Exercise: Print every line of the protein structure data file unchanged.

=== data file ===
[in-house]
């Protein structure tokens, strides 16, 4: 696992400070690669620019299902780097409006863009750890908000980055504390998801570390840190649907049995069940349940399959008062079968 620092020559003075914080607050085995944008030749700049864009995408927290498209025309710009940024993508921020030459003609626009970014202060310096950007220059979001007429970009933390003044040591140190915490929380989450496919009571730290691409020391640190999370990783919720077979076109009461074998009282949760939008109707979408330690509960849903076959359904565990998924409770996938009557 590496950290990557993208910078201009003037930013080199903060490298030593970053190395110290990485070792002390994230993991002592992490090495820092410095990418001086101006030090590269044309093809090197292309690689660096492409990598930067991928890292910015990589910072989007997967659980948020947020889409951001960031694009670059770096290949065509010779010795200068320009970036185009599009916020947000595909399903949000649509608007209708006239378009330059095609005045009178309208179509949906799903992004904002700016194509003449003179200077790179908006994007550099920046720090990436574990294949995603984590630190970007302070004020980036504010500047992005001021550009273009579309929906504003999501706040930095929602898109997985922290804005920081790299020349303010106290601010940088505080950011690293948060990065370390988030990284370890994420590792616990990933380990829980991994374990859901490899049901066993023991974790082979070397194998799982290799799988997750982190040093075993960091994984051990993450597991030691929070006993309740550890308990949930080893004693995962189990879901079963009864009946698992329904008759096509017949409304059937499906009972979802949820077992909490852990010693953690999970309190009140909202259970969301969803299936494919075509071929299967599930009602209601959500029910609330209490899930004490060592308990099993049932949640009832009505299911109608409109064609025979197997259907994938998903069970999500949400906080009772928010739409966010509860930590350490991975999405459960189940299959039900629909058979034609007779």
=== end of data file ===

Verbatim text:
[in-house]
């Protein structure tokens, strides 16, 4: 696992400070690669620019299902780097409006863009750890908000980055504390998801570390840190649907049995069940349940399959008062079968 620092020559003075914080607050085995944008030749700049864009995408927290498209025309710009940024993508921020030459003609626009970014202060310096950007220059979001007429970009933390003044040591140190915490929380989450496919009571730290691409020391640190999370990783919720077979076109009461074998009282949760939008109707979408330690509960849903076959359904565990998924409770996938009557 590496950290990557993208910078201009003037930013080199903060490298030593970053190395110290990485070792002390994230993991002592992490090495820092410095990418001086101006030090590269044309093809090197292309690689660096492409990598930067991928890292910015990589910072989007997967659980948020947020889409951001960031694009670059770096290949065509010779010795200068320009970036185009599009916020947000595909399903949000649509608007209708006239378009330059095609005045009178309208179509949906799903992004904002700016194509003449003179200077790179908006994007550099920046720090990436574990294949995603984590630190970007302070004020980036504010500047992005001021550009273009579309929906504003999501706040930095929602898109997985922290804005920081790299020349303010106290601010940088505080950011690293948060990065370390988030990284370890994420590792616990990933380990829980991994374990859901490899049901066993023991974790082979070397194998799982290799799988997750982190040093075993960091994984051990993450597991030691929070006993309740550890308990949930080893004693995962189990879901079963009864009946698992329904008759096509017949409304059937499906009972979802949820077992909490852990010693953690999970309190009140909202259970969301969803299936494919075509071929299967599930009602209601959500029910609330209490899930004490060592308990099993049932949640009832009505299911109608409109064609025979197997259907994938998903069970999500949400906080009772928010739409966010509860930590350490991975999405459960189940299959039900629909058979034609007779």